Wednesday, February 09, 2011


Don't let me fool you into thinking I've got it all together. I might act like I do, but I most certainly do not.

Take for example this upcoming Father and Son Night in my son's school. Such a big hullaballo. I've known about it for years, and I always thought that I'd go anyway, be the one of the few women at the campfire (I know a few other single moms in the batch), maybe even knock over a few beers, and show those men how much balls we single moms have got. Or just show up to watch the festivities, then leave with Miguel as soon as it was time for dinner.

But alas, ten days ago we were all advised that moms, other family members, and caregivers will not be allowed to attend the entire affair. So much for my attempt to prove that I am just as good as any man.

I asked Miguel if he would like Ninong to go with him instead - Ninong is, after all, an alumni of the school - but Miguel's reply was swift, as if he'd settled the matter in his mind long ago: "I don't want to go."

What's a woman to do?

Blame the men.

Yes, this is the part where I blame my ex-boyfriend for not being man enough to bond with my son, so that: a) I wouldn't have dumped him; b) we would've been married by now; and c) he'd be going to the Father and Son Night with Miguel.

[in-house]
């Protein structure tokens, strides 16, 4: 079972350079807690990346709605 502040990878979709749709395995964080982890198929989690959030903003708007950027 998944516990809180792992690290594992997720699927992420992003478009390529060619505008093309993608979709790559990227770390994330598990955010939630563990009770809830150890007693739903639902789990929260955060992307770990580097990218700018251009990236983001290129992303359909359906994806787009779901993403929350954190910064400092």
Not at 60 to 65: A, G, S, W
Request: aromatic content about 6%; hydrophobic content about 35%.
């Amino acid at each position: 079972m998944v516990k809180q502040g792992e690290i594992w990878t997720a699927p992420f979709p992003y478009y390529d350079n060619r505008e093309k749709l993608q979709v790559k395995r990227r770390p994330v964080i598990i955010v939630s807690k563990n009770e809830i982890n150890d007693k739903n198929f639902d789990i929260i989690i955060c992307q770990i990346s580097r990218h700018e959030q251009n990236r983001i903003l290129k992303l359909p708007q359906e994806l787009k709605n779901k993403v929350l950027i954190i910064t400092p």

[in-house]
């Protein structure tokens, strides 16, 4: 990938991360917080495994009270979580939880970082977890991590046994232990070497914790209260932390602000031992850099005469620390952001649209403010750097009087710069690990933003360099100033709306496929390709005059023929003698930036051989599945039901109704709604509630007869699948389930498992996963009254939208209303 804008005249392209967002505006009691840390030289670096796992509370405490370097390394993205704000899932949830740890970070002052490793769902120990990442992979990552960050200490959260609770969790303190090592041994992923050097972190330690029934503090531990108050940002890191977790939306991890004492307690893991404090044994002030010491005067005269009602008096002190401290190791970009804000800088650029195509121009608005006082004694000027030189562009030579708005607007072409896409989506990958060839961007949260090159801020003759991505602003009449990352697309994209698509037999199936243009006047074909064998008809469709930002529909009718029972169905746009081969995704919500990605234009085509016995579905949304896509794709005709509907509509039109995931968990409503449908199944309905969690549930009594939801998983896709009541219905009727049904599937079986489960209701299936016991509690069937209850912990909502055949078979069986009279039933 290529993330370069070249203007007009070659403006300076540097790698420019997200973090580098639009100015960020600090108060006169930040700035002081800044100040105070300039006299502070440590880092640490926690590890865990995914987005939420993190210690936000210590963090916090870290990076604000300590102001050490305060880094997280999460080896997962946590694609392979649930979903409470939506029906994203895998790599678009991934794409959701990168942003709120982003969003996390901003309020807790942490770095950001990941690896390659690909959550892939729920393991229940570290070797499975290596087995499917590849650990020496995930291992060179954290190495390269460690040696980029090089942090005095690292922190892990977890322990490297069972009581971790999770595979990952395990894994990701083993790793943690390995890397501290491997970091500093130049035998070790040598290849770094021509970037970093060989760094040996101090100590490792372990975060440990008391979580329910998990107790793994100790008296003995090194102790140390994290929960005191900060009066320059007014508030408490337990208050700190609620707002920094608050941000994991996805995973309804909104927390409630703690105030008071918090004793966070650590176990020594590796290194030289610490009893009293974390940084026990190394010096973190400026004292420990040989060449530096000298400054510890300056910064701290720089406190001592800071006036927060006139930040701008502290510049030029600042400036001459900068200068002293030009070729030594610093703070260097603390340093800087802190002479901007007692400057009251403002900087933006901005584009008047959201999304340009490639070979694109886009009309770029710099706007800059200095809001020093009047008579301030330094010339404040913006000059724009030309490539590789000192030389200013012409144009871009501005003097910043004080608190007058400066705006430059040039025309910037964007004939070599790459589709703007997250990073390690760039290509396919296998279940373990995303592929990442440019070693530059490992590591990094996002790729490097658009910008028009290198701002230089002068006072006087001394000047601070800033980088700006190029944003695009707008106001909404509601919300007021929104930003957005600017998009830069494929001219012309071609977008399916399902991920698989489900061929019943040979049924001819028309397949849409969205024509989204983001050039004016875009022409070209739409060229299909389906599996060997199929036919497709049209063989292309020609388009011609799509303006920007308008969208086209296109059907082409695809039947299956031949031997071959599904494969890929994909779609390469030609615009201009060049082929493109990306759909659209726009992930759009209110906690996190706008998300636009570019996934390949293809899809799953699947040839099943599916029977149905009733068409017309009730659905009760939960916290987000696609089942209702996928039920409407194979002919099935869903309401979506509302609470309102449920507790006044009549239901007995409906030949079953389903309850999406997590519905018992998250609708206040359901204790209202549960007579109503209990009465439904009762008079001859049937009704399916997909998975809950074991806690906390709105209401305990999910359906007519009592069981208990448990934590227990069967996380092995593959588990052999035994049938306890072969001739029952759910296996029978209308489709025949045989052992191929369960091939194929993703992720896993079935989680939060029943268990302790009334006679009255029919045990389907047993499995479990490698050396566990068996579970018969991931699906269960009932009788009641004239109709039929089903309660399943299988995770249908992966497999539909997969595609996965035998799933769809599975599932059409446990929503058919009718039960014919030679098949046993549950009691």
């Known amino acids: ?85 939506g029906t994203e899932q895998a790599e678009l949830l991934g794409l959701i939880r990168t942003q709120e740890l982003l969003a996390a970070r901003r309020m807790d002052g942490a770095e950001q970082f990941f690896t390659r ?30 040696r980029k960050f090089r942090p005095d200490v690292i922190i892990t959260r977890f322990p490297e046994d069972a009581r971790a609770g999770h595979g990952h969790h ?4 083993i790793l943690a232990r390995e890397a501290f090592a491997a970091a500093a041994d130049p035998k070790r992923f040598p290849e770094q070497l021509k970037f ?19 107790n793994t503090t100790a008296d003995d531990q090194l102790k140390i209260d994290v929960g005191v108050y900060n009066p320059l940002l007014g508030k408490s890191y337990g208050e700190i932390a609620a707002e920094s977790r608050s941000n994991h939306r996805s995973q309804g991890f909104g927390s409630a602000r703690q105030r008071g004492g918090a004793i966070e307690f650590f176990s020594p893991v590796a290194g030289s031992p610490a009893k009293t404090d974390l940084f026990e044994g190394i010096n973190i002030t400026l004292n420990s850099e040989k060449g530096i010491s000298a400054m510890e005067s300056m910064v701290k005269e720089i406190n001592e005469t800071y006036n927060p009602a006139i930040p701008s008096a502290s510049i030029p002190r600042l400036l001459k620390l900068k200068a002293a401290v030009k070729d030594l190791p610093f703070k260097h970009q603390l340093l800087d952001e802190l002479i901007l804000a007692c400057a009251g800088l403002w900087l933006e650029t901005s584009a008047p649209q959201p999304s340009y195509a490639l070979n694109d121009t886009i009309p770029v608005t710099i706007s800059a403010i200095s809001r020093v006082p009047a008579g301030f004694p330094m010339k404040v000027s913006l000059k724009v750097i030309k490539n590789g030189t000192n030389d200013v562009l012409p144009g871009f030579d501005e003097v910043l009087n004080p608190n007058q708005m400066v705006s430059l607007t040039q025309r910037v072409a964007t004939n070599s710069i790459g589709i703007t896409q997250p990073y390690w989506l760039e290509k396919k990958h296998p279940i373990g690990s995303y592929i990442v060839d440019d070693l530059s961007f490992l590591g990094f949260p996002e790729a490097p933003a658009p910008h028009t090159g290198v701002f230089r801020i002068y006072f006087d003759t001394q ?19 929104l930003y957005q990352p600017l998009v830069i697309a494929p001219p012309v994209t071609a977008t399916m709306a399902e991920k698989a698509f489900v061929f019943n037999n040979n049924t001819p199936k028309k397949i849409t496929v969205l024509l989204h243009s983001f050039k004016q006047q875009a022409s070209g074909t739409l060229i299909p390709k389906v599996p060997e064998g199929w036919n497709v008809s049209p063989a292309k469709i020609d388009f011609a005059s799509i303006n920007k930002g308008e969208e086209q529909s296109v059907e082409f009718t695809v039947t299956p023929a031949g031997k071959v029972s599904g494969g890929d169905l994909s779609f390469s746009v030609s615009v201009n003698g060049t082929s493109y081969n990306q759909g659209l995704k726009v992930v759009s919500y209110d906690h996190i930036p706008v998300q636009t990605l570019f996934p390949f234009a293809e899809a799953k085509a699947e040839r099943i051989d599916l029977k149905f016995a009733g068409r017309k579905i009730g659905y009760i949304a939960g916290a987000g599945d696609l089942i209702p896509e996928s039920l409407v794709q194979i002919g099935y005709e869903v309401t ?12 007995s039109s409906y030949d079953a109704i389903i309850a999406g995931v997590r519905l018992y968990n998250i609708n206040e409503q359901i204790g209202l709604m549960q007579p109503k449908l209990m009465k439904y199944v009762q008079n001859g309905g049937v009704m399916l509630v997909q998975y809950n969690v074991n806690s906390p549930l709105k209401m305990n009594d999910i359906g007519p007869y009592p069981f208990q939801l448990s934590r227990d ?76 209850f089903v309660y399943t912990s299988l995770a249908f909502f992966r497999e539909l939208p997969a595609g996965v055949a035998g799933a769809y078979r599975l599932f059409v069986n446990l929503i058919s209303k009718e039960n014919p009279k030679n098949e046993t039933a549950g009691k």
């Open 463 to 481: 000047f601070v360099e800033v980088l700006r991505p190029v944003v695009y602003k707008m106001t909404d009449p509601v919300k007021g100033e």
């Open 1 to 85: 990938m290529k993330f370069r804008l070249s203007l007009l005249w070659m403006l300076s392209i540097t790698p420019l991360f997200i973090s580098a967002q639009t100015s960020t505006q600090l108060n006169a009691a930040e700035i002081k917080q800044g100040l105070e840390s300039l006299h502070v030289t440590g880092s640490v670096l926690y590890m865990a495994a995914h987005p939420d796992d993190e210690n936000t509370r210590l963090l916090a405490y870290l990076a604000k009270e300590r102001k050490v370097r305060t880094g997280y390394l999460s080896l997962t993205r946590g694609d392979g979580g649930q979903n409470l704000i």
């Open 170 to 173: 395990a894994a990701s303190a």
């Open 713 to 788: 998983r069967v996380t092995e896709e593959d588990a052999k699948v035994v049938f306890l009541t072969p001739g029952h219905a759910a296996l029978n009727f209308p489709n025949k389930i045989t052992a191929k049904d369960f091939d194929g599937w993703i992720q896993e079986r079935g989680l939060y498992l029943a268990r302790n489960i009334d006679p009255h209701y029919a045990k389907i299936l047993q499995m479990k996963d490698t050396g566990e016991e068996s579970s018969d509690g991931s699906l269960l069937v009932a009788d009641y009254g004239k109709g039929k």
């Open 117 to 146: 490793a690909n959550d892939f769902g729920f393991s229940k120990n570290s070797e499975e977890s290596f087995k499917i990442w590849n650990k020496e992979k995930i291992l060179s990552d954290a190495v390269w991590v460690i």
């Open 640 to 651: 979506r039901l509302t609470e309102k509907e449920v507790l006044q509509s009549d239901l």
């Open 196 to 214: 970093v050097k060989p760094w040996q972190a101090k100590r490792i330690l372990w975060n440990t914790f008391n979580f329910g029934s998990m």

Well. I've been down this emotional path before. Many times, mind you. And while the impending Father and Son Night merits a visit down memory lane, I won't take long on this stroll.

There was a video that I watched some time ago wherein the speaker mentioned that "blame is a way to discharge pain and discomfort." And that's when I realized why I blamed my ex for so long after I ended the relationship - there was pain, and a lot of it. Basically, me realizing the inadequacies in my life (and subsequently, Miguel's) and wanting to fill a male, testosterone void that I cannot fill. There were many reasons for me to get into a serious relationship at that point, and that, apparently, was a major one.

Well, it's been a few years since I wised up and realized - and accepted - that marriage just isn't for everyone. That there's no point in being unhappy in a relationship when you can be happy without one. (And since I never made any wedding vows to anyone, I'm not defaulting on any deal.)

And as for those inadequacies? Embrace them. You can't have it all, you see. And while I still have my idols and idolesses - married couples who put family first and are pretty cool in my book - I'm not hung over about having their picture-perfect lives. Because looking at my son, I know he's happy and that he's turning out pretty well for a ten-year-old, thanks God. And not surprisingly, I'm happy too.

There, I've said my piece. Enough with that walk down memory lane. As for Father and Son Night, if you read my earlier post, you'll see what we'll be doing instead.

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